intersection 07.20.16

Timeless Design
Every Person in New York

New York is always about change, and though the losses lately feel especially frequent and lamentable, there are some relative constants to celebrate. In 1995, we asked some writers, designers, architects and others for some examples of timeless design in New York—building, space, area, or object. Appropriately enough, their answers are still relevant two decades later. (Note that we have left the individuals' titles as they were at that time.) Here's what they said.

Akiko Busch, contributing editor of Metropolis: "I have always thought of design as the graceful intersection of unlikely ingredients. What, then, might be more perfect and more timeless design than a room that accommodates a Great Blue Whale and a dance floor. These are, of course, the improbable furnishings that cohabit the lower level of the American Museum of Natural History. The 94-foot fiberglass whale hovers with absolute grace overhead. And on a section of the floor below is a parquet dance floor. The space is a marvel—at once illogical, incongruous, romantic, sexy, epic, grandiose, and grand. What is more timeless than the human love of dance or than our fascination with secrets of the deep? Here is a room that accommodates them both, a space in which frivolity cohabits with the mysteries of the deep sea as though they were natural accomplices. This is the basement of my dreams, and it is a room to dance in if there ever was one."

Terence Riley, Chief Curator of Architecture and Design at MoMA: "The Manhattan street grid—New York's most impressive and democratic space."

Todd W. Bressi, urban design and planning teacher: "Broadway north of 59th St., where the traffic runs in both directions and there is a mall. The street has been in this configuration for 100 years. This is one of the great streets in the world. It is a great civic space, lively and animated, providing lots of different types of places for people who want to do lots of different types of things. It is constantly changing as the needs of the neighbors change. It doesn't look now the way it did 50 years ago. It provides the city with a place for future inventive uses."

Glenn Gissler, architect: "Walter de Maria's installations The Broken Kilometer and The New York Earth Room, open since 1979 and 1977, respectively. The installations are dramatic and meditative spaces—they remain 'pure' art spaces and stand out as vestiges of the 'original' Soho. For me they live as almost sacred spaces which operate on a plane above the commerce and politics in a constantly changing and increasingly commercial art district."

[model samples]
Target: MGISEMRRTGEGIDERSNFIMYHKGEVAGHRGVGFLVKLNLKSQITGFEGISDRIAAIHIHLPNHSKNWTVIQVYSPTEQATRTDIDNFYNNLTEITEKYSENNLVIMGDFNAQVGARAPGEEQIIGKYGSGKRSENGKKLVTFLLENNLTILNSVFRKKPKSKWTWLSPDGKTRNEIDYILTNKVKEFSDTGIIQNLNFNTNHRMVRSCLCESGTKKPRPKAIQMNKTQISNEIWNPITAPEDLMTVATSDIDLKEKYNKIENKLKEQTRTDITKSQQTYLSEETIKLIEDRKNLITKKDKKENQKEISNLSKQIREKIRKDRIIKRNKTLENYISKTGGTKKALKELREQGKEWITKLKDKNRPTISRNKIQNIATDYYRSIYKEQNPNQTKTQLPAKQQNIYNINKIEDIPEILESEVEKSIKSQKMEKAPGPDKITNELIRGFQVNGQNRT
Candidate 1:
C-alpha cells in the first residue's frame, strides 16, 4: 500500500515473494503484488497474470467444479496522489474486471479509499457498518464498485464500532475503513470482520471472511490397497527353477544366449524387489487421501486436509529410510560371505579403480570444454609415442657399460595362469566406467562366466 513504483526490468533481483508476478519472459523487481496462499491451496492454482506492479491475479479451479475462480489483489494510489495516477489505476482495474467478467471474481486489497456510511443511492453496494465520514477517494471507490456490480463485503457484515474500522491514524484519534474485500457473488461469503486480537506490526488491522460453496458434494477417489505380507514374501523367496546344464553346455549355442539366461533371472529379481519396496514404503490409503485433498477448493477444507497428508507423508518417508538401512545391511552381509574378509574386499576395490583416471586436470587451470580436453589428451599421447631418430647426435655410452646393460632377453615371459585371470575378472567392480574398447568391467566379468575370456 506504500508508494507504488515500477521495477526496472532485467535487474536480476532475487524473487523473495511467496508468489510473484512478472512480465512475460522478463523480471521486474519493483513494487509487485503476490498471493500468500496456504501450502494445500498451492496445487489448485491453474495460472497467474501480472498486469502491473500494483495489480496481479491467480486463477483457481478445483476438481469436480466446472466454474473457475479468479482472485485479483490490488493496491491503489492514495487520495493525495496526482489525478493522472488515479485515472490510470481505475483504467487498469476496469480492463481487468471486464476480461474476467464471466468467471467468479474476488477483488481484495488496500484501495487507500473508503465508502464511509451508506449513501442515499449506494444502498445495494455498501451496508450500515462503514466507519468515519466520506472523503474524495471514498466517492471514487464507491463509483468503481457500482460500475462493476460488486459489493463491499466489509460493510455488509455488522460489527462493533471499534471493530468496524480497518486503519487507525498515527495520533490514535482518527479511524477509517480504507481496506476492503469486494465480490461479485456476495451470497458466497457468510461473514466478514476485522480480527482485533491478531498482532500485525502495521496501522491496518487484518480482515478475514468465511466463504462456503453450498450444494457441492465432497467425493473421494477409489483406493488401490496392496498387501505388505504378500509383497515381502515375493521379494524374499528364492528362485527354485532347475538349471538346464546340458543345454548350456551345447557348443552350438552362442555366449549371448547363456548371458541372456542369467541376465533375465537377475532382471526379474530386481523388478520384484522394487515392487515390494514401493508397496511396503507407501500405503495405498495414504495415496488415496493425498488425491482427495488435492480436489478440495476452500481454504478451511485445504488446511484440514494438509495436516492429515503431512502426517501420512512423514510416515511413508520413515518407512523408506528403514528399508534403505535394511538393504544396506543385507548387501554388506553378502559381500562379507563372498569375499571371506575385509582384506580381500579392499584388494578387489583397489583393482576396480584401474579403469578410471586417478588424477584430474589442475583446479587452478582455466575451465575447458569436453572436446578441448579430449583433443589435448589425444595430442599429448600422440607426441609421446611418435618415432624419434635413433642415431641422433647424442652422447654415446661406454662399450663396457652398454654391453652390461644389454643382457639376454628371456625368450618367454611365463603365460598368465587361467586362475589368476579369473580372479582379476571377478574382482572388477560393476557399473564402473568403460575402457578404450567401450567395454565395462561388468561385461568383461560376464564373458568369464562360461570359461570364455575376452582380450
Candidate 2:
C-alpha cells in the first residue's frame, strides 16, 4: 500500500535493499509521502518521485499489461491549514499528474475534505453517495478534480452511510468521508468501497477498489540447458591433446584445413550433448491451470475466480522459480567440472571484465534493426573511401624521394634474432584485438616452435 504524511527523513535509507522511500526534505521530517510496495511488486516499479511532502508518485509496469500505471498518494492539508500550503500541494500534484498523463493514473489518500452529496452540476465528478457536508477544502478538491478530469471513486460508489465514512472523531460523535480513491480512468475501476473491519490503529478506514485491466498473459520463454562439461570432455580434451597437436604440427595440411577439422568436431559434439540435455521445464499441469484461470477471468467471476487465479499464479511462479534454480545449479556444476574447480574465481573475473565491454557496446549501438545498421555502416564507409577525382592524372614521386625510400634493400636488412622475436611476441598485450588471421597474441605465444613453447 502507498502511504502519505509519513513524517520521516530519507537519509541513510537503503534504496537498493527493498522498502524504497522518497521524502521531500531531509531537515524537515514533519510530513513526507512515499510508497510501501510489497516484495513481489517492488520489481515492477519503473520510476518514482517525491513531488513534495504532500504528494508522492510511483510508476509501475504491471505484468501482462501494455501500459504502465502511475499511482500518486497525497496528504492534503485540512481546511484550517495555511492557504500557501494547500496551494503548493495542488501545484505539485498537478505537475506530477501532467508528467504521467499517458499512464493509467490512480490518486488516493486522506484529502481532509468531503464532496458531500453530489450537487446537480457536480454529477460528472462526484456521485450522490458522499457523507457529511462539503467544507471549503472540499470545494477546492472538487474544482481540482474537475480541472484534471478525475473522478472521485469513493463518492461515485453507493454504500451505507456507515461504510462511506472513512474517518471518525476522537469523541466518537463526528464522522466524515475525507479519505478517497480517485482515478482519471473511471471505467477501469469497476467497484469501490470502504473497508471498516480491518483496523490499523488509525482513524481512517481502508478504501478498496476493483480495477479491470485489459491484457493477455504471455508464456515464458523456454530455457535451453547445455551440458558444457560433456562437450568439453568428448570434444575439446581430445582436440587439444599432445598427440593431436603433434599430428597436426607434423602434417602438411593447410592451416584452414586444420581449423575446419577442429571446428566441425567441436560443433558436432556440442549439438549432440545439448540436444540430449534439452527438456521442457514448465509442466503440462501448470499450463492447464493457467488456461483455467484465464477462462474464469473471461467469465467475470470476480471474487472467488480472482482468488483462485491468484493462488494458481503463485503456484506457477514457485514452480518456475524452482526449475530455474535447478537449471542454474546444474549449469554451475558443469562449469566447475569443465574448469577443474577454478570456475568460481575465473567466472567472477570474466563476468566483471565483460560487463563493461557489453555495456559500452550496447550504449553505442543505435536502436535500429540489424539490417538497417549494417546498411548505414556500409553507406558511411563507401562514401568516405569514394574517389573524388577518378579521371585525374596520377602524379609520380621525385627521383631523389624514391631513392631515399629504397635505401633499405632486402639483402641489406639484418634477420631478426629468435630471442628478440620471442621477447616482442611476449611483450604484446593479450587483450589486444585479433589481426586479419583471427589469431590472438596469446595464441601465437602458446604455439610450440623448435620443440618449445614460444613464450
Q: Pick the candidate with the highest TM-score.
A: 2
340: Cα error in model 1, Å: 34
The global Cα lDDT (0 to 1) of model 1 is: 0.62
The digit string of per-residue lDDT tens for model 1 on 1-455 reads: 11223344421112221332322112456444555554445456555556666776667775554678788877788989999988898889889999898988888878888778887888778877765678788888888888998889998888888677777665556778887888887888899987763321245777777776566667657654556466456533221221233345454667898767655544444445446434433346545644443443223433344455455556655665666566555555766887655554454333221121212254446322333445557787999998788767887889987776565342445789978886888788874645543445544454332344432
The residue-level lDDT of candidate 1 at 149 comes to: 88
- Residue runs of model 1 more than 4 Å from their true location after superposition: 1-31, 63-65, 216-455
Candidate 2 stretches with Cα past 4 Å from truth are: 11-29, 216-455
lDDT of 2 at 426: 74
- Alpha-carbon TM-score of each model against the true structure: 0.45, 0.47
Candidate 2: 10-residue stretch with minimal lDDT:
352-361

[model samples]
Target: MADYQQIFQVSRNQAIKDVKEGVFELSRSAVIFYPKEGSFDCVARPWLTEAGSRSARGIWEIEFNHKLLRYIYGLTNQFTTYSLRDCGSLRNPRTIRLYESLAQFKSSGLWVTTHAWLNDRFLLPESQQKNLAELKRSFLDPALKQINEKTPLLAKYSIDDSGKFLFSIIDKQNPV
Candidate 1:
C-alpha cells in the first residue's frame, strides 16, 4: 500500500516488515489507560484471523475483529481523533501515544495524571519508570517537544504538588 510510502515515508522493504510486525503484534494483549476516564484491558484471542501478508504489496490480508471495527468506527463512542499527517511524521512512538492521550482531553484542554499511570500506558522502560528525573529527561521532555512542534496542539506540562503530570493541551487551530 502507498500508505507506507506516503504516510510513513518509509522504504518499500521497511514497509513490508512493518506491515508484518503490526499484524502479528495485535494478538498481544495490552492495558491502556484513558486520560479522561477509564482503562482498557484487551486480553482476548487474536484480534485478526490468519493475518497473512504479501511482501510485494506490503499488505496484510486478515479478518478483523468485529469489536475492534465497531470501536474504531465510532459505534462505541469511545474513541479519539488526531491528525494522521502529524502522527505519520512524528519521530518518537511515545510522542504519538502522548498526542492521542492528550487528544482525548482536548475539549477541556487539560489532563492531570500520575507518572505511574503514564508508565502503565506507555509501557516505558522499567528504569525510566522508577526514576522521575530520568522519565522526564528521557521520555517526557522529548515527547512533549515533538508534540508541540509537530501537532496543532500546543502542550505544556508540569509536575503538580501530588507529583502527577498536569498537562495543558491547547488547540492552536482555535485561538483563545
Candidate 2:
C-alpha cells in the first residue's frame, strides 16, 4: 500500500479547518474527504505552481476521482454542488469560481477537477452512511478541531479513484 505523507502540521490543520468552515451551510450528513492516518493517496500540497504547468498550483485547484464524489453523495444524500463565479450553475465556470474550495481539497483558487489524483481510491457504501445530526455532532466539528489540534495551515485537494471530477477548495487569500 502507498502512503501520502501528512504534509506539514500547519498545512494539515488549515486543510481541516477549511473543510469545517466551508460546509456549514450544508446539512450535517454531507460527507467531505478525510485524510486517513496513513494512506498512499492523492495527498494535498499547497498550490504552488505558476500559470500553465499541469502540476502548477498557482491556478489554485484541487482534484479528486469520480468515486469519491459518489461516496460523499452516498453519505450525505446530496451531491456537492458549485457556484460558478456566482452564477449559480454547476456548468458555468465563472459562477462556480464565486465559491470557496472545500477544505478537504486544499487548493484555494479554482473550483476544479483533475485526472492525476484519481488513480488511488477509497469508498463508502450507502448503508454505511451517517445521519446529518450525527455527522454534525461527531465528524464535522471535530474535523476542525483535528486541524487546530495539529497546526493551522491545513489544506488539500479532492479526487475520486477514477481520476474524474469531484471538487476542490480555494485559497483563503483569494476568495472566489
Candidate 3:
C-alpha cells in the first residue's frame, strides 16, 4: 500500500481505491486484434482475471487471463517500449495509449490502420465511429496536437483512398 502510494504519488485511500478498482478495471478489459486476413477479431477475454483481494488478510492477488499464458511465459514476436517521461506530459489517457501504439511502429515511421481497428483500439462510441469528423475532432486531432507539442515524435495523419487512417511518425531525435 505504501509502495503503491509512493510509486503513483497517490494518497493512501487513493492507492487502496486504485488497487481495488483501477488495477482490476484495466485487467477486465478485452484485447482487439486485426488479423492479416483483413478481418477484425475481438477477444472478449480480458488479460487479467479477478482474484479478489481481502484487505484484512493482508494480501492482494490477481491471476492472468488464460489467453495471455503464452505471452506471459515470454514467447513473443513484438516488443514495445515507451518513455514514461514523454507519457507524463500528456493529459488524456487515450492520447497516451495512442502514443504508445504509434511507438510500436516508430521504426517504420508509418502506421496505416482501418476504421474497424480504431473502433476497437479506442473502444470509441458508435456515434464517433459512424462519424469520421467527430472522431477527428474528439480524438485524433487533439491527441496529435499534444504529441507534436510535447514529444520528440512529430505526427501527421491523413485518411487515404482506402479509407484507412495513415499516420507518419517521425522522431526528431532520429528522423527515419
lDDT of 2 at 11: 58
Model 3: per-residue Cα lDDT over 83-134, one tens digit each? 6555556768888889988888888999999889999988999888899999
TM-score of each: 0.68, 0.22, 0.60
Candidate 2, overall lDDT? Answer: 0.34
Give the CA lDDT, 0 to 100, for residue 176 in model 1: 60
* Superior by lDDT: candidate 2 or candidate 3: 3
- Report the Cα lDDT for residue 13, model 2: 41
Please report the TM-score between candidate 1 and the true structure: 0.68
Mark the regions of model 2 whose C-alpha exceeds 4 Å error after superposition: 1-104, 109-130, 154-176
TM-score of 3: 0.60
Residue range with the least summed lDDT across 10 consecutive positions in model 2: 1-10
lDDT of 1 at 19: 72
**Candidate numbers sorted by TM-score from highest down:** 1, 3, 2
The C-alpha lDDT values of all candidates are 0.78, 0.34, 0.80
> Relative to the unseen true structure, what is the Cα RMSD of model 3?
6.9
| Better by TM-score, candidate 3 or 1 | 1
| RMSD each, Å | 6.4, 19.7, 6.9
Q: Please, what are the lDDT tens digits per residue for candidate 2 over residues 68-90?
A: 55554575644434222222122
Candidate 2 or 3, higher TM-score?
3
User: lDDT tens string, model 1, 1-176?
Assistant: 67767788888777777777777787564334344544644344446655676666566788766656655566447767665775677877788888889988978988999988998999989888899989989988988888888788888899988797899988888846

John Tauranac, mapmaker and urban historian: "The Empire State Building. One of the joys of the building is that every time you look at it, you are liable to find something new and satisfying about it. The buildings that came before it were coarse, unrefined; the buildings that follow lack its style, its panache, its warmth. Now [85] years old, I am happy to see that local souvenir shops are still selling little figurines of the Empire State Building, some with thermometers clinging unceremoniously to its facade or King Kong dangling from its roof. I think it's safe to say that the building is timeless in all its permutations. Like a Faulkner character, it is enduring. It is a classic."

Hugh Hardy, architect, Hardy Holzman Pfeiffer Associates: "Rockefeller Center is timeless. It invented midtown. Its juxtaposition of public spaces and private places makes it an urban ideal. It's all there—the Rockettes, the Rainbow Room, television studios, ice skating, roof gardens, art works, and offices all come together in a place that is New York." [Photo: David Shankbone]

Peg Breen, president of the NY Landmarks Conservancy: "City Hall, built between 1802 and 1811, was meant to symbolize New York City's emergence as the leading city in the country and New Yorkers' pride in their city's accomplishments. It was the first city hall located within a park. It is prized for its grand interior space and elegant Federal and French Renaissance exterior. It also houses one of the premiere collections of early American full-length portraiture and a statue of George Washington cast from life. President Lincoln's body lay in state at the top of the stairs."